It's time for the annual London to Brighton antique car rally, and Alan McKim and Ambrose Claverhouse are not going to let their friendship stop them from trying to humiliate each other. ... See full summary »
A gang of street boys foil a master crook who sends commands for robberies by cunningly altering a comic strip's wording each week, unknown to writer and printer. The first of the Ealing ... See full summary »
Based on the Stephen Potter "One Upmanship" and "Lifemanship" books, Henry Palfrey tries hard to impress but always loses out to the rotter Delauney. Then he discovers the Lifeman college ... See full summary »
When their ship docks the crew disembark as usual to pick up their lives in postwar London. For one of them his petty smuggling turns more serious when he finds himself caught up with a robbery in the City.
When an unexploded WWII bomb is accidentally detonated in Pimlico, an area of London, it reveals a treasure trove and documents proving that the region is, in fact part of Burgundy, France and thus foreign territory. The British Government attempt to regain control by setting up border controls and cutting off services to the area. The 'Burgundians' fight back... Written by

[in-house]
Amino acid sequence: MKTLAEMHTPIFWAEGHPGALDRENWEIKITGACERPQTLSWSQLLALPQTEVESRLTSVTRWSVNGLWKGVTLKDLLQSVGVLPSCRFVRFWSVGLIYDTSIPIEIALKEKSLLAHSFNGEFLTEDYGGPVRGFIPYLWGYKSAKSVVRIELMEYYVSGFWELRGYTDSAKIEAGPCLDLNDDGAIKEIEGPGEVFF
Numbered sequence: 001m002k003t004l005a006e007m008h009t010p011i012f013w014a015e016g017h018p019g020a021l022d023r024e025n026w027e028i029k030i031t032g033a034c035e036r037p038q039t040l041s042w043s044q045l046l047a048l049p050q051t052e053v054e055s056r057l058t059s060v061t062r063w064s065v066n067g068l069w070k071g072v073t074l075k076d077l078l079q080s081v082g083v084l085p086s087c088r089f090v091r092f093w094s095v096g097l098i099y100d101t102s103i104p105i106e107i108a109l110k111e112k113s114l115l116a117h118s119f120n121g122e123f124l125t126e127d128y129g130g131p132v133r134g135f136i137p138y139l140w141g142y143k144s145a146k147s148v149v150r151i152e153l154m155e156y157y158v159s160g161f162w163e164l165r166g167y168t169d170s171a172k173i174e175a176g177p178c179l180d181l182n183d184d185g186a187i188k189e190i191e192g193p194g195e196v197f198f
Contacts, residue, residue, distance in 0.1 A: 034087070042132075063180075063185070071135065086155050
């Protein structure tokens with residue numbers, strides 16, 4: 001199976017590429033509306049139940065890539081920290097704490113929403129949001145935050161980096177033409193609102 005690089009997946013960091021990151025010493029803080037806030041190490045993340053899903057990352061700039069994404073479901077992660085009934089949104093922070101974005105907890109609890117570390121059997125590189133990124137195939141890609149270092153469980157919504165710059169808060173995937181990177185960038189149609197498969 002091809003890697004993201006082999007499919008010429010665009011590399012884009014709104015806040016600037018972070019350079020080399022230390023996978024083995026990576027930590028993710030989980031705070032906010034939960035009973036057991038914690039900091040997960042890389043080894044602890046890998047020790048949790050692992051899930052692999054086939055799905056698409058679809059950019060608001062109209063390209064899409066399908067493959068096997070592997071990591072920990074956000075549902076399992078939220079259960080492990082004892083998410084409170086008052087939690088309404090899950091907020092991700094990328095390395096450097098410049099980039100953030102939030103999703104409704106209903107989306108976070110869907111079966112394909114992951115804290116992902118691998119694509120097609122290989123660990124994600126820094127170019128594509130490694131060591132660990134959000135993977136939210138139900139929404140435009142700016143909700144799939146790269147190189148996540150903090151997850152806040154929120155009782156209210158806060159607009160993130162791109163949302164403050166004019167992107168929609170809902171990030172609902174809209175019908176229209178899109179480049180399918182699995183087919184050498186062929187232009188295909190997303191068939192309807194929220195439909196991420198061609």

Stephen Parkin <email@example.com>
At the start of the film a radio announcement mentions Latin music performed by "Les Norman and his Bethnal Green Bambinos". This is an in-joke referring to Ealing producer Leslie Norman. Bethnal Green was an unattractive area in the East End of London. See more »
Frank Huggins appears with a group of men refilling the reservoir with a hosepipe, while simultaneously refilling his goldfish tank back at the shop. See more »
Do you think we shall get more than two main dishes?
Oh, I hope so. I haven't had a good feed since that last deadlock in Moscow.
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The opening/closing credits are written on a scroll, like the documents found in the bomb crater. See more »
I saw this film as a boy living in Chelsea (next door to Pimlico) and found it utterly charming. Curious, isn't it, how a film that one appreciated so long ago should remain firmly embedded in the memory. Other critics and reviewers have discussed the plot and actors, so there is no point in repeating their revelations. I would say, though, that it reminds me, in retrospect, of THE MOUSE THAT ROARED in its approach to the, ahem, inconsistencies of life. And it brought Post WWII London to life with clarity and power, with cinematography and dialogue that were entirely to the point. My complaint, now that I live in the U.S., is why the **** we can't get this film on VHS or DVD for enjoyment here. Much like that other spectacular comedy of a few years later, GENEVIEVE.
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